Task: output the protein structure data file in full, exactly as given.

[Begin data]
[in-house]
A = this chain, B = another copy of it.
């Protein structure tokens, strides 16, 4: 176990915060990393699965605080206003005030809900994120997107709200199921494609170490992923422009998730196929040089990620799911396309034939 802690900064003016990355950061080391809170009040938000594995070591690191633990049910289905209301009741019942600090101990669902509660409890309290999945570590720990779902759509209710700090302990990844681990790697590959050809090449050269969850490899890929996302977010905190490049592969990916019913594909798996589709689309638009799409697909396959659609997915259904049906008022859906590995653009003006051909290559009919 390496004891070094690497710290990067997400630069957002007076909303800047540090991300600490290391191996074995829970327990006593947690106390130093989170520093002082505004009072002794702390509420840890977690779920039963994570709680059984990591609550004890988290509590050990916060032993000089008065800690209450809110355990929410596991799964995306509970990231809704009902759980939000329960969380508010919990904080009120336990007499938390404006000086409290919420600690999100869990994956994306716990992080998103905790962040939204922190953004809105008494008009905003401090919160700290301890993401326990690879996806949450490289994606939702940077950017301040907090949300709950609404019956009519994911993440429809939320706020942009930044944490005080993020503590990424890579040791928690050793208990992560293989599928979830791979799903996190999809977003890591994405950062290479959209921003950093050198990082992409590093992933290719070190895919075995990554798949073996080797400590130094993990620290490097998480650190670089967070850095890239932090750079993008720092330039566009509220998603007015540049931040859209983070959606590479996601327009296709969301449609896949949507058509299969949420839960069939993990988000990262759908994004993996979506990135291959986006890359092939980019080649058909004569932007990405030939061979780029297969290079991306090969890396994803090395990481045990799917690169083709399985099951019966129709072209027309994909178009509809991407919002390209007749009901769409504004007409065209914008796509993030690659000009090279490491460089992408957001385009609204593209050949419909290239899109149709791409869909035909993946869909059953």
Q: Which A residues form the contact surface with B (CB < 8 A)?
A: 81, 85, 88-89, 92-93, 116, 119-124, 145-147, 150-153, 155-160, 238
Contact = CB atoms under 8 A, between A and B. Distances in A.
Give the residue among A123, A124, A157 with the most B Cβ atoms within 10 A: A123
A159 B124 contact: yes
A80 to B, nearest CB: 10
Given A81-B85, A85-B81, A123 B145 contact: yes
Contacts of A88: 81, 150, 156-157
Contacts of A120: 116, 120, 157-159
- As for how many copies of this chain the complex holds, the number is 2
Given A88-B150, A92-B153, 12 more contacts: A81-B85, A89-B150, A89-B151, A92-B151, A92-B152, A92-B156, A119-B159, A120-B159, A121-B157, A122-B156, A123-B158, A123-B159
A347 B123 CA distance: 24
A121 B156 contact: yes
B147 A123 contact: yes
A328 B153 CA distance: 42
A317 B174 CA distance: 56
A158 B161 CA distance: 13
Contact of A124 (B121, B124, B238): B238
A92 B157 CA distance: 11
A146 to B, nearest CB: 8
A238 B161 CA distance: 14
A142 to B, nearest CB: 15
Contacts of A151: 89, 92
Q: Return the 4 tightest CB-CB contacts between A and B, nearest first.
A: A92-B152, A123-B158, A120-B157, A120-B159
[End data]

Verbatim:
[in-house]
A = this chain, B = another copy of it.
């Protein structure tokens, strides 16, 4: 176990915060990393699965605080206003005030809900994120997107709200199921494609170490992923422009998730196929040089990620799911396309034939 802690900064003016990355950061080391809170009040938000594995070591690191633990049910289905209301009741019942600090101990669902509660409890309290999945570590720990779902759509209710700090302990990844681990790697590959050809090449050269969850490899890929996302977010905190490049592969990916019913594909798996589709689309638009799409697909396959659609997915259904049906008022859906590995653009003006051909290559009919 390496004891070094690497710290990067997400630069957002007076909303800047540090991300600490290391191996074995829970327990006593947690106390130093989170520093002082505004009072002794702390509420840890977690779920039963994570709680059984990591609550004890988290509590050990916060032993000089008065800690209450809110355990929410596991799964995306509970990231809704009902759980939000329960969380508010919990904080009120336990007499938390404006000086409290919420600690999100869990994956994306716990992080998103905790962040939204922190953004809105008494008009905003401090919160700290301890993401326990690879996806949450490289994606939702940077950017301040907090949300709950609404019956009519994911993440429809939320706020942009930044944490005080993020503590990424890579040791928690050793208990992560293989599928979830791979799903996190999809977003890591994405950062290479959209921003950093050198990082992409590093992933290719070190895919075995990554798949073996080797400590130094993990620290490097998480650190670089967070850095890239932090750079993008720092330039566009509220998603007015540049931040859209983070959606590479996601327009296709969301449609896949949507058509299969949420839960069939993990988000990262759908994004993996979506990135291959986006890359092939980019080649058909004569932007990405030939061979780029297969290079991306090969890396994803090395990481045990799917690169083709399985099951019966129709072209027309994909178009509809991407919002390209007749009901769409504004007409065209914008796509993030690659000009090279490491460089992408957001385009609204593209050949419909290239899109149709791409869909035909993946869909059953």
Q: Which A residues form the contact surface with B (CB < 8 A)?
A: 81, 85, 88-89, 92-93, 116, 119-124, 145-147, 150-153, 155-160, 238
Contact = CB atoms under 8 A, between A and B. Distances in A.
Give the residue among A123, A124, A157 with the most B Cβ atoms within 10 A: A123
A159 B124 contact: yes
A80 to B, nearest CB: 10
Given A81-B85, A85-B81, A123 B145 contact: yes
Contacts of A88: 81, 150, 156-157
Contacts of A120: 116, 120, 157-159
- As for how many copies of this chain the complex holds, the number is 2
Given A88-B150, A92-B153, 12 more contacts: A81-B85, A89-B150, A89-B151, A92-B151, A92-B152, A92-B156, A119-B159, A120-B159, A121-B157, A122-B156, A123-B158, A123-B159
A347 B123 CA distance: 24
A121 B156 contact: yes
B147 A123 contact: yes
A328 B153 CA distance: 42
A317 B174 CA distance: 56
A158 B161 CA distance: 13
Contact of A124 (B121, B124, B238): B238
A92 B157 CA distance: 11
A146 to B, nearest CB: 8
A238 B161 CA distance: 14
A142 to B, nearest CB: 15
Contacts of A151: 89, 92
Q: Return the 4 tightest CB-CB contacts between A and B, nearest first.
A: A92-B152, A123-B158, A120-B157, A120-B159